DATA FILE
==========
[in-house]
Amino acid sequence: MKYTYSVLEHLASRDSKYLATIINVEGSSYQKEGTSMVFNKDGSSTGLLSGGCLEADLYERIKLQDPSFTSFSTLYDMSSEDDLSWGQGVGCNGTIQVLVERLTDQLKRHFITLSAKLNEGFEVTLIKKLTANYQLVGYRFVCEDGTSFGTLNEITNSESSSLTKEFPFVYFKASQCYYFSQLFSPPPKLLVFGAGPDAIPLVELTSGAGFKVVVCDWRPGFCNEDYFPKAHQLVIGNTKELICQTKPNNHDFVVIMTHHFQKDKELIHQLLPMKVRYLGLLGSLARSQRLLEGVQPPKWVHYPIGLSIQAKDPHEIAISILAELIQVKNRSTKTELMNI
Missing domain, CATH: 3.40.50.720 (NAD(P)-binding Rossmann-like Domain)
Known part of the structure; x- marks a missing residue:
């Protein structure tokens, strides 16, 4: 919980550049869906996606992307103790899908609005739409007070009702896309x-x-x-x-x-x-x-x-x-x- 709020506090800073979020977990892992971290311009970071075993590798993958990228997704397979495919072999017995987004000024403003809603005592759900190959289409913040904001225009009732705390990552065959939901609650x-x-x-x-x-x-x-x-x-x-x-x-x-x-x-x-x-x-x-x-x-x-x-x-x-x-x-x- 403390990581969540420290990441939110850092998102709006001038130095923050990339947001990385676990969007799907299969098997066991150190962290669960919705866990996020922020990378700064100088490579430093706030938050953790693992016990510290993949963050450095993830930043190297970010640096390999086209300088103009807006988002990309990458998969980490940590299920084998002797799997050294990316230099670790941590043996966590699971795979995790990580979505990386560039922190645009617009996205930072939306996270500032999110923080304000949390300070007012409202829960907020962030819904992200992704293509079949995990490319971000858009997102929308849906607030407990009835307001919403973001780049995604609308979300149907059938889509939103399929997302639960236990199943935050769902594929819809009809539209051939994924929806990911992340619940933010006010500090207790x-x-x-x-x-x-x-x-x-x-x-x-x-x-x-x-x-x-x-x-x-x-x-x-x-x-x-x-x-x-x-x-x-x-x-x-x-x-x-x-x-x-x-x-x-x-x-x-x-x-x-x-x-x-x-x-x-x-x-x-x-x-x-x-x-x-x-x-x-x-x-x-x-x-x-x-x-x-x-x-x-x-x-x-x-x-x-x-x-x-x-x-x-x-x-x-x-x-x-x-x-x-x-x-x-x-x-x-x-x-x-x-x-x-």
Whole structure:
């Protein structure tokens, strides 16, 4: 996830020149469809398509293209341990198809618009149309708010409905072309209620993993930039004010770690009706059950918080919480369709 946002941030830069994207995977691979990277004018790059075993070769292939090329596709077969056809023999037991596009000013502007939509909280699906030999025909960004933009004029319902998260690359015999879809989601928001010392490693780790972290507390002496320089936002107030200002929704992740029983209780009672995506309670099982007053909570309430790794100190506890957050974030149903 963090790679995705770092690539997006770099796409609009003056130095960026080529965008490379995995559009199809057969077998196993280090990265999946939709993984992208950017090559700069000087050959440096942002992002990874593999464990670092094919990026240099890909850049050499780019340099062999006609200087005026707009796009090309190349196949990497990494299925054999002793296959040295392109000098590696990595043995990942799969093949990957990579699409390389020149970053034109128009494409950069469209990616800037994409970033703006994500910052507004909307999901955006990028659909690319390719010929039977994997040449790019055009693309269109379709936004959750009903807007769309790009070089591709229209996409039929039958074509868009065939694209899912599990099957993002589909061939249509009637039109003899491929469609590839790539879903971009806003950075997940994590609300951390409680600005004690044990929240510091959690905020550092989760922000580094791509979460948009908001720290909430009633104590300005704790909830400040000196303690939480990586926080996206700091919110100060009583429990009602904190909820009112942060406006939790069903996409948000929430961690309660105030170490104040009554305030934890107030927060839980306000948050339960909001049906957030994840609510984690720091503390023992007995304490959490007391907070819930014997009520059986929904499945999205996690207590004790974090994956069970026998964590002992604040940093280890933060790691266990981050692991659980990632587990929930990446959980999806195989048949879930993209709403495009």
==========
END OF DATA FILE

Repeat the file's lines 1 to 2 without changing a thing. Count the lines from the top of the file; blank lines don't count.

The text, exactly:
[in-house]
Amino acid sequence: MKYTYSVLEHLASRDSKYLATIINVEGSSYQKEGTSMVFNKDGSSTGLLSGGCLEADLYERIKLQDPSFTSFSTLYDMSSEDDLSWGQGVGCNGTIQVLVERLTDQLKRHFITLSAKLNEGFEVTLIKKLTANYQLVGYRFVCEDGTSFGTLNEITNSESSSLTKEFPFVYFKASQCYYFSQLFSPPPKLLVFGAGPDAIPLVELTSGAGFKVVVCDWRPGFCNEDYFPKAHQLVIGNTKELICQTKPNNHDFVVIMTHHFQKDKELIHQLLPMKVRYLGLLGSLARSQRLLEGVQPPKWVHYPIGLSIQAKDPHEIAISILAELIQVKNRSTKTELMNI